I Did It Again

Finally I had the chance to make a nice panorama of Kibali gold mine. The current was made by my mobile phone and did not really satisfy me.

So below is the fully panorama of Kibali gold mine in a better resolution and colors.  I still advise to open the picture and watch it in more detail.


Kibali Gold Mine; Watsa, DR Congo – (c) Mark Häberli 2014

_MG_5960 Panorama cut (Groß)


La Musique Congolaise

Je ne suis pas tellement dans la musique, mais je voulais quand même vous montrer la musique congolaise. Ces trois chansons de Lokua Kanza j’aime beaucoup et c’est pourquoi je tiens à rendre public aujourd’hui. Le texte est principalement en français et si vous venez d’entendre la musique que vous pourrait ne pas reconnaître que cela vient du Congo. Cependant, il est très agréable!

Ai-je besoin de dire quelque chose d’autre? Non, il suffit d’écouter et apprécier!


Plus vivant:


Je ne ai pas choisi (mon préféré):


I believe in you:



Cette chanson est de Wenge Musica et le nom est Kin e bouger:




How To Get Friends For 2000 $ Or “Commission, Bribe & Co”

Today I would like to write about a topic which is usually an uncommon topic for European, as we basically only get selden in contact with things like bribe and commission. However, in Africa the world is different and corruption is unfortunately everywhere.

The corruption rate is rated with the Corruption Perception(s) Index (CPI) by Transparency International. Switzerland is ranked at Nr. 6 while Uganda is 130 and Congo (DRC) is at 160 (out of 174).

I would say bribing is a normal thing in Africa. It is part of the culture. It is something which need not be hidden or try to cover. It is just done. Some people don’t even recognize it! When I came to Uganda the first time, I thought it can not get worse with bribing! But then I reached to DRC and I realised Uganda is heaven…

In Uganda people usually bribe when they do (or assume they do) something wrong like over speeding. Police will say: “Sir, you have been caught by over speeding. You need to pay 200’000 ugs (80 $) and afterwards we have to confiscate the car”.  How to solve that issue? They will ask for 20’000 ugs and have not seen anything. That’s how it went when I was sitting in my friend’s car.

In Congo (DRC) it is quite different. You just pay everywhere, without any reason. For example: The trucks of a friend are working in the mine in Congo, but have Ugandan number plates. After working a few weeks in the mine, suddenly two trucks were arrested. Reason: they wanted “to meet” him. As the number plates are foreign, a fee has to be paid. As usual for the fee there is no official receipt nor other documents. Afterwards he paid, he did not get disturbed anymore and suddenly he has new “friends” which are greeting him very friendly on the street…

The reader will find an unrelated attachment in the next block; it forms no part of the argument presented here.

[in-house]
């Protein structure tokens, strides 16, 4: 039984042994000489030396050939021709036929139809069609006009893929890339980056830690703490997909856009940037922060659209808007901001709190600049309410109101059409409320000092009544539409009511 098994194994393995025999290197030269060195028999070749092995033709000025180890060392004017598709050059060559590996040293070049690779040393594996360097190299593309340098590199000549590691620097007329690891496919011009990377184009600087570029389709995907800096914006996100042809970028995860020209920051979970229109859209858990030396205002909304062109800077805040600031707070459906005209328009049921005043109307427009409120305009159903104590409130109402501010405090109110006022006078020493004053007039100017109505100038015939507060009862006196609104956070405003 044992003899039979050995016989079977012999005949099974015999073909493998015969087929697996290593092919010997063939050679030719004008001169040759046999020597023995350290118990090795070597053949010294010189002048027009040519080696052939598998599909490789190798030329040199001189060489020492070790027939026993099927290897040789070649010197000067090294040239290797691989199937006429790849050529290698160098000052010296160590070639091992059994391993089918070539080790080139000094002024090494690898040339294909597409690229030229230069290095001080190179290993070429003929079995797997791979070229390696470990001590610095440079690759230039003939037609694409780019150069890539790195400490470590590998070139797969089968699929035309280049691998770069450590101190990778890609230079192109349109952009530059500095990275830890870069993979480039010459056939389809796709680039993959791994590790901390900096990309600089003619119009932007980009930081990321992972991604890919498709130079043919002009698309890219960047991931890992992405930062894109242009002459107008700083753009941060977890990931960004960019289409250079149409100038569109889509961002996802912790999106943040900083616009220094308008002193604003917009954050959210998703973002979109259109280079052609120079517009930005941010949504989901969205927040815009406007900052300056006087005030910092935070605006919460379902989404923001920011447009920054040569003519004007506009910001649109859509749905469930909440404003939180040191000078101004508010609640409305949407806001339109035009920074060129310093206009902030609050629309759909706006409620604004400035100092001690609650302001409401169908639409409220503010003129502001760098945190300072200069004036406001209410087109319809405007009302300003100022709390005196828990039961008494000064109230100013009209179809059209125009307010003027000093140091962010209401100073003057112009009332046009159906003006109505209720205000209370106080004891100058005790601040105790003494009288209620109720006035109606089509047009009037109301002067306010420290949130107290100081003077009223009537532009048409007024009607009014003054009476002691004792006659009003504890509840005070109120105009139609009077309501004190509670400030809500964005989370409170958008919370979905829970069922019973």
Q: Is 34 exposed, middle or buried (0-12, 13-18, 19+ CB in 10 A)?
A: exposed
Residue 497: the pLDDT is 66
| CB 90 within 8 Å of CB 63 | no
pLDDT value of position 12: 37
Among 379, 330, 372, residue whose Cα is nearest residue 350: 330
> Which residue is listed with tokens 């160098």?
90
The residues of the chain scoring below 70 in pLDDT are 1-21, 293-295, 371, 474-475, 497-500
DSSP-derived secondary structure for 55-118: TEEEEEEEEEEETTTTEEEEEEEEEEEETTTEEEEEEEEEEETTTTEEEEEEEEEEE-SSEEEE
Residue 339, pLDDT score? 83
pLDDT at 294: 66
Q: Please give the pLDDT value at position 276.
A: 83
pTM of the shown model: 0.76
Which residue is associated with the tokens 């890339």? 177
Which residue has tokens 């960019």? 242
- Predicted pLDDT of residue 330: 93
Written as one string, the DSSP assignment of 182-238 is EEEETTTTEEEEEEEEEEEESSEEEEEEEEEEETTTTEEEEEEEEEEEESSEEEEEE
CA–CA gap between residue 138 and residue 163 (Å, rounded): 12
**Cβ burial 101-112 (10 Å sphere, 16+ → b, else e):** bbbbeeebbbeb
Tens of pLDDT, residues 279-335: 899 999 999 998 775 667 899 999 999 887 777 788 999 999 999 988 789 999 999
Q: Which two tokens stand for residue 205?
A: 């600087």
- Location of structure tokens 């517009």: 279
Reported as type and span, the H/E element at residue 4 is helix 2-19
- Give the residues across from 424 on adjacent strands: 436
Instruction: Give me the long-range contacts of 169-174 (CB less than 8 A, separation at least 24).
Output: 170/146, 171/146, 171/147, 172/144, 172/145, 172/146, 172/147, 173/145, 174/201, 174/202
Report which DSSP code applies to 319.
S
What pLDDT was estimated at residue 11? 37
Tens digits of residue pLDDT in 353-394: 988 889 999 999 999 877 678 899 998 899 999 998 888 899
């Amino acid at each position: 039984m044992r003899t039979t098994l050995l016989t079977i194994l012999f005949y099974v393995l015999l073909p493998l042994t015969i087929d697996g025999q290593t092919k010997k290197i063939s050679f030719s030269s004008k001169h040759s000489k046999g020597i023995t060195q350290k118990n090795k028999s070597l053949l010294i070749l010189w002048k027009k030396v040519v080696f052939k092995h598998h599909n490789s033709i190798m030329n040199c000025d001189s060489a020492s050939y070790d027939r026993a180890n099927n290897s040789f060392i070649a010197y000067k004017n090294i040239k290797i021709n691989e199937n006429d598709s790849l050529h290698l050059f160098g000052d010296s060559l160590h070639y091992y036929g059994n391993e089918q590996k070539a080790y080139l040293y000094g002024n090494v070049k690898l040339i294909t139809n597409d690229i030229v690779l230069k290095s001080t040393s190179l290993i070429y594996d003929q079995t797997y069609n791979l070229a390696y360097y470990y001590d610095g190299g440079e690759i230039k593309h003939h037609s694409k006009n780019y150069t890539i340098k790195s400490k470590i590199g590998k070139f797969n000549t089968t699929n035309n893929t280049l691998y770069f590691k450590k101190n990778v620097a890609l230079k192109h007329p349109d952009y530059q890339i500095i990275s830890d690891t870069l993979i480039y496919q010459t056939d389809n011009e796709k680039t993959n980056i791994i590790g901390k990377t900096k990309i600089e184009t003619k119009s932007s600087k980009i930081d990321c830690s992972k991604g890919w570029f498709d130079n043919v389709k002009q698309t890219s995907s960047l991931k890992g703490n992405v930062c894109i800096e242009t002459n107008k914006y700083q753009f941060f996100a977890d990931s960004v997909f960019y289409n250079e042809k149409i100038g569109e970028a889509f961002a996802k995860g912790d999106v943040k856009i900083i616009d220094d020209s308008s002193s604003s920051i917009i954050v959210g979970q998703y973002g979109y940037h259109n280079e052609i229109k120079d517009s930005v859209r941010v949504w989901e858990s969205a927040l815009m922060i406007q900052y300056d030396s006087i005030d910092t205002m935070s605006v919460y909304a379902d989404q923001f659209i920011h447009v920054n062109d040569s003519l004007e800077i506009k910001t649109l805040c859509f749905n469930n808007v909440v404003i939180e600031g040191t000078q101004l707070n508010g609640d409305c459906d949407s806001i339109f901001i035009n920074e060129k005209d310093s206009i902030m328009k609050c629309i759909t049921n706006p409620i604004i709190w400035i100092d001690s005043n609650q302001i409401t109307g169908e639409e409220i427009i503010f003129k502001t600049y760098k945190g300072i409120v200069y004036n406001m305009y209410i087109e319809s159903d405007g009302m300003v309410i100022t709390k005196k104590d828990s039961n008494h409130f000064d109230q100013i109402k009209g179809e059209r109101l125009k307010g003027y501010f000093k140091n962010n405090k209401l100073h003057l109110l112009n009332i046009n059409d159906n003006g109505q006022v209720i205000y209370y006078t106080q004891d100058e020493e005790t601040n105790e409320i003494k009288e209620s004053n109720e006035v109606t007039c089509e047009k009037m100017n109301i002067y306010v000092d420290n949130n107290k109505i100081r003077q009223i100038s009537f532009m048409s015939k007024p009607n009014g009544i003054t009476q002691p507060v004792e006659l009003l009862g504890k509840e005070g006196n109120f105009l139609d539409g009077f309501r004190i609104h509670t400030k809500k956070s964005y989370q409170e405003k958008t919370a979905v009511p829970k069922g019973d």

Unfortunately this sign makes it clear:



Social Control

An interesting effect which I have discovered in Africa is – I call it – “Social Control”. Social control is an effect which is not common for me in Europe and describes “doing favours or lending/borrow money to unknown people”.

In Europe I never would have the idea to borrow valuable things or ask for favours to unknown/not-well known people. In Africa that is quite common. Two examples:

  1. A guy in Congo who I hardly knew came to me and asked me if I could take his new smart phone for repair to Kampala. He gave me his complete phone with packaging, money for repair and address where I should bring it. I was quite surprise that people trust each other (there are so many cheaters) and he gave a valuable phone to me.
  2. The second case happened to me. In the beginning of my time in Congo, when I did not have my bank account there, it was always a challenge to get money. I m not carry a lot of money with me, while it is difficult to run a business without cash. So when I once was running out in cash, people who I hardly know borrowed me a few thousand dollars. Quite nice to get help like that!

The principle of this paradox of doing things like favours or borrow money while you always have to take care who you trust, I call it social control. Actually it is quite simply: People who you know connect you to people who can help you. Because this “middle man” knows you (good), he make the connection. While you are suddenly think you are on the dead-end, miraculously help is coming.

470895364837214099_824c5de6b84c fre


Another Way To Transport